For a general understanding of a reproduction machine in which the invention may be incorporated, reference is made to FIG. 1 in which the various system components for the machine are schematically illustrated. As in all electrostatic systems of the type illustrated, a light image of a document to be reproduced is projected onto the sensitized surface of a xerographic plate to form an electrostatic latent image thereon. Thereafter, the latent image is developed with an oppositely charged developing material to form a xerographic powder image, corresponding to the latent image on the plate surface. The powder image is then electrostatically transferred to a support to which it may be fused by a fusing device whereby the powder image is caused permanently to adhere to the support surface.
In the illustrated machine, an original document D to be copied is placed upon the transparent support platen P fixedly arranged in an illumination assembly generally indicated by the reference numeral 10, arranged at the left end of the machine; a platen cover (not shown) is then lowered onto the original D to cover the same. While upon the platen P, an illumination system flashes light rays upon the original thereby producing image rays corresponding to the informational areas on the original. The image rays are projected by means of an optical system for exposing the photosensitive surface of a xerographic plate in the form of a flexible photoconductive belt 12. The surface of the belt was made photosensitive by the previous step of uniformly charging the same by means of a corona generating device or corotron 13. In order to effect image processing, the belt 12 is arranged on a belt assembly generally indicated by the reference numeral 14.
The photoconductive belt assembly 14 is slideably mounted upon two support shafts, one of which is secured to the frame of the machine, and is adapted to drive a belt 12 in the direction of the arrow at a constant rate. During this movement of the belt, the reflected light image of an original on the platen is flashed upon the photoreceptor surface of the belt to produce electrostatic latent images thereon at an exposure station A.
As the belt surface continues its movement, the electrostatic image passes through a developing station B in which there is positioned a developer assembly generally indicated by the reference numeral 15, and which provides development of the electrostatic image by means of multiple brushes 16 as the same moves through the development zone.
The developed electrostatic image is transported by the belt to a transfer station C where a sheet of copy paper is moved between a transfer roller and the belt at a speed in synchronism with the moving belt in order to accomplish transfer of the developed image solely by an electrical bias on the transfer roller. There is provided at this station a sheet transport mechanism generally indicated at 17 adapted to transport sheets of paper from a paper handling mechanism generally indicated by the reference numeral 18 to the developed image on the belt at the station C.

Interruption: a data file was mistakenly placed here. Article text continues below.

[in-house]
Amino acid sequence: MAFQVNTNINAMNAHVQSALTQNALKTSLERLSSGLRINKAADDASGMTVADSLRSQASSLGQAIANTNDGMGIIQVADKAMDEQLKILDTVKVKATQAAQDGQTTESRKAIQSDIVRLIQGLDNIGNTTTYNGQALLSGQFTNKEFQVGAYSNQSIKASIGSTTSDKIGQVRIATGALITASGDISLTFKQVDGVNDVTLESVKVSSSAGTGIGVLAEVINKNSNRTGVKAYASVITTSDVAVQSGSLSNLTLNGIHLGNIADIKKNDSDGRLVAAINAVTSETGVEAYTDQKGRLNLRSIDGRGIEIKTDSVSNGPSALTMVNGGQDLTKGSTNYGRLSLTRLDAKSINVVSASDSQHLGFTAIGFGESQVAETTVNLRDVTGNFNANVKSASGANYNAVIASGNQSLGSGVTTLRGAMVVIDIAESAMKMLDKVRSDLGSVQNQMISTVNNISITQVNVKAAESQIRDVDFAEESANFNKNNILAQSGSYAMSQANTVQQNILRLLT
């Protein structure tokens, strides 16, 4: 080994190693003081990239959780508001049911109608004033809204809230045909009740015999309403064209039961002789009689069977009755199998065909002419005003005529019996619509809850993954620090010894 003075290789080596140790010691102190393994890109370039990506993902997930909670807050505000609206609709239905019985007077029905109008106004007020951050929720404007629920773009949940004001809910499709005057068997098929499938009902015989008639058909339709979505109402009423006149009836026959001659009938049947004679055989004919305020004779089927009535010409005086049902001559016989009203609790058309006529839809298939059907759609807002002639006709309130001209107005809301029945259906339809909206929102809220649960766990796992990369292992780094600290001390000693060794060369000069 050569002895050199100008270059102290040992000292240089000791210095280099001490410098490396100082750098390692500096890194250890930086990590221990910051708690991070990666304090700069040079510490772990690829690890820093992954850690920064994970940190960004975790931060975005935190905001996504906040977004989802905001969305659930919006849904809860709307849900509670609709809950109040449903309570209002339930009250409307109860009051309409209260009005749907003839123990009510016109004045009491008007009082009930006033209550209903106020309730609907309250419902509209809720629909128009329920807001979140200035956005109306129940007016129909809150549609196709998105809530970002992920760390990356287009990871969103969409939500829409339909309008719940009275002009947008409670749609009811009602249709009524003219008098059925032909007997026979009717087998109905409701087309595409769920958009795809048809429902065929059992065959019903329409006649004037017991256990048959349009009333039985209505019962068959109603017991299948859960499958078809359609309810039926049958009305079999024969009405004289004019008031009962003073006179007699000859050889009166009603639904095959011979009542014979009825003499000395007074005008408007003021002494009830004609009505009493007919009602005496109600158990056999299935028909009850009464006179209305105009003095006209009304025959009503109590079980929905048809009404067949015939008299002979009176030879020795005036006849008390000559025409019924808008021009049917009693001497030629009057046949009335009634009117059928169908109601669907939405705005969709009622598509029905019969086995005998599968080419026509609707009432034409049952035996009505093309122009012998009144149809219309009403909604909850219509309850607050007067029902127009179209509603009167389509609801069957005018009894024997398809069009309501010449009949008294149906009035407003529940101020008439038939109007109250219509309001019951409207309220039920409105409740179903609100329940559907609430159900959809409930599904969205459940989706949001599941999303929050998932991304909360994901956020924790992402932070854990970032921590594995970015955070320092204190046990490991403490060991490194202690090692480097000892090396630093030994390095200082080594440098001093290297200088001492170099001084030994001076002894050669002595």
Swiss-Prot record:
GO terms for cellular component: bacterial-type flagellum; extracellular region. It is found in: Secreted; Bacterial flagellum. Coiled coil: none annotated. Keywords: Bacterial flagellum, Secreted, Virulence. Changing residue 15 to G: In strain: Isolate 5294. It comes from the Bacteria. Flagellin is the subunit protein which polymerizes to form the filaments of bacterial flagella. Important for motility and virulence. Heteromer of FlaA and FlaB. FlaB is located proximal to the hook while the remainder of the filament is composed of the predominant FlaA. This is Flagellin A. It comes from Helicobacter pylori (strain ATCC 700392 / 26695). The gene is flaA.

After the developed image is transferred to the sheet, the latter is stripped from the belt 12 and conveyed into a fuser assembly indicated generally by the reference numeral 19 wherein the developed and transferred xerographic powder image on the sheet material is permanently affixed thereto. After each copy is thus produced, it is delivered via sheet transport mechanism 22 into an output tray 24.
Additional details regarding the subject electrostatic reproduction machine are set forth in a copending U.S. patent application assigned to the same assignee, U.S. Ser. No. 312,411. Although not specifically discussed herein, it is understood that the present invention may also be utilized in combination with a sorter or face-up tray as set forth in above mentioned copending application.
As stated above, it is highly desirable that a high speed reproduction machine be capable of being utilized with various billing schemes so that a customer being charged for the use of the machines on the basis of the copies made can take advantage of the economies offered by such a machine. To accomplish the same, the machine must have a counter control system which is flexible enough so that the operations of the counters can be varied so as to record the necessary information needed for a selected billing scheme. To vary the operations of the counters, an inexpensive field-changeable billing code circuit board is inserted into the machine to provide a program which causes the counters to record the necessary information.
Referring to FIG. 2, the counter control system 26 is set up so that counters 28, 30, 32, and 34 each record information needed for the selected billing scheme; each of these counters is an electro-mechanical counter which gives a visual indication of the count recorded. As used herein, a "run" indicates the total number of copies made of an original each time the "Start-Print" button of the reproduction machine is pushed. For example, if the original is placed upon platen P, and the reproduction machine is programmed to print 21 copies of an original, a run of 21 copies will be produced upon pushing the Start-Print button. In discussing the system 26, it will be assumed that it is desired that counter 28 count copies 1 through 5 of each run, that counter 30 count copies 1 through 20 of each run, that counter 32 count the total number of copies of each run, and that counter 34 count the number of runs that have exceeded 20 copies. Thus, "breakpoint No. 1" (BP1) would be 5 copies, and "breakpoint No. 2" (BP2) would be 20 copies.